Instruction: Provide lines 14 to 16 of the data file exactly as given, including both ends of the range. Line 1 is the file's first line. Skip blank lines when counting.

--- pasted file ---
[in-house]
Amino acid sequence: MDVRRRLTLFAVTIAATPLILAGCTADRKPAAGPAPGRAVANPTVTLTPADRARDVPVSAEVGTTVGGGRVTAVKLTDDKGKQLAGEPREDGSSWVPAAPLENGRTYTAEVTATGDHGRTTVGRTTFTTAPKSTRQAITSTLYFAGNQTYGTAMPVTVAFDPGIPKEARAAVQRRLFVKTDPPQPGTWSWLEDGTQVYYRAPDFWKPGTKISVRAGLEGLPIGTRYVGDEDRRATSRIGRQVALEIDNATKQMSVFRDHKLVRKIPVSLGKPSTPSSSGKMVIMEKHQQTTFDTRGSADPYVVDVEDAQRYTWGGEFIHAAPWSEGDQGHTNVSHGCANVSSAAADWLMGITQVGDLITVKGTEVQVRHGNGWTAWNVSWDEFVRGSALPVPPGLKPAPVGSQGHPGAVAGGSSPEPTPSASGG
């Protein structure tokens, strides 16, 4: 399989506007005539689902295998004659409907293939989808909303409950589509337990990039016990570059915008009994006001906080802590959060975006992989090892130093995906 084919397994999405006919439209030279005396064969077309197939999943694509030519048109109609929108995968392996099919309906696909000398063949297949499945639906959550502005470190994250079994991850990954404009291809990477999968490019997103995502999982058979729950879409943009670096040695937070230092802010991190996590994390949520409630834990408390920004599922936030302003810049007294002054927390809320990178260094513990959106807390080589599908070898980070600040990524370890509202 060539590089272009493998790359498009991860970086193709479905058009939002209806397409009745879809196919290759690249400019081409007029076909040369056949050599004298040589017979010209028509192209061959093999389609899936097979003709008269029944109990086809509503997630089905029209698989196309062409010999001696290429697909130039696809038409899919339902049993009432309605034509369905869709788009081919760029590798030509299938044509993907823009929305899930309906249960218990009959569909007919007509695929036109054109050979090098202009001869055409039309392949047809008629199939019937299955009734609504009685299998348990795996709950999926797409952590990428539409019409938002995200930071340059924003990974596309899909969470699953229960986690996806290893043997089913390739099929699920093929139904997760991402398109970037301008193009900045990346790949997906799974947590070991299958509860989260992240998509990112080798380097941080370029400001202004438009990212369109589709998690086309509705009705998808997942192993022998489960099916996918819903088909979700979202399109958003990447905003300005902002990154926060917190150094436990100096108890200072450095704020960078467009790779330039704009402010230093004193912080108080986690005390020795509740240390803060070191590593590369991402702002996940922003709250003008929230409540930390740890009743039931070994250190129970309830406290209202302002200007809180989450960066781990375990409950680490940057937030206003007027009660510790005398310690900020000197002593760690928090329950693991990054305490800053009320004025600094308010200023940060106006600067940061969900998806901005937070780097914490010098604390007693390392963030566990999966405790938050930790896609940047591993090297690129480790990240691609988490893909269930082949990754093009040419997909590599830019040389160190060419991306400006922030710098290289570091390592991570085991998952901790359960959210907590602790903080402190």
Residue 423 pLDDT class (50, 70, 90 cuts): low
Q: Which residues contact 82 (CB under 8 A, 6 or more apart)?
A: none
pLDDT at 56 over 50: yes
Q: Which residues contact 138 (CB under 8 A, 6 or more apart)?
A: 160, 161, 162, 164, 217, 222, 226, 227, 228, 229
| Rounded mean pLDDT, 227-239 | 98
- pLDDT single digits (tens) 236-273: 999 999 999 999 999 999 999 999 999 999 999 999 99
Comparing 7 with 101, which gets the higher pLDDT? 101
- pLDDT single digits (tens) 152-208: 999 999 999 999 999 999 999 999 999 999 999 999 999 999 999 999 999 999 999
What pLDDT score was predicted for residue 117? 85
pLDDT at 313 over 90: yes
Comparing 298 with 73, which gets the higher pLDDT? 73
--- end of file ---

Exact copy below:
What pLDDT score was predicted for residue 117? 85
pLDDT at 313 over 90: yes
Comparing 298 with 73, which gets the higher pLDDT? 73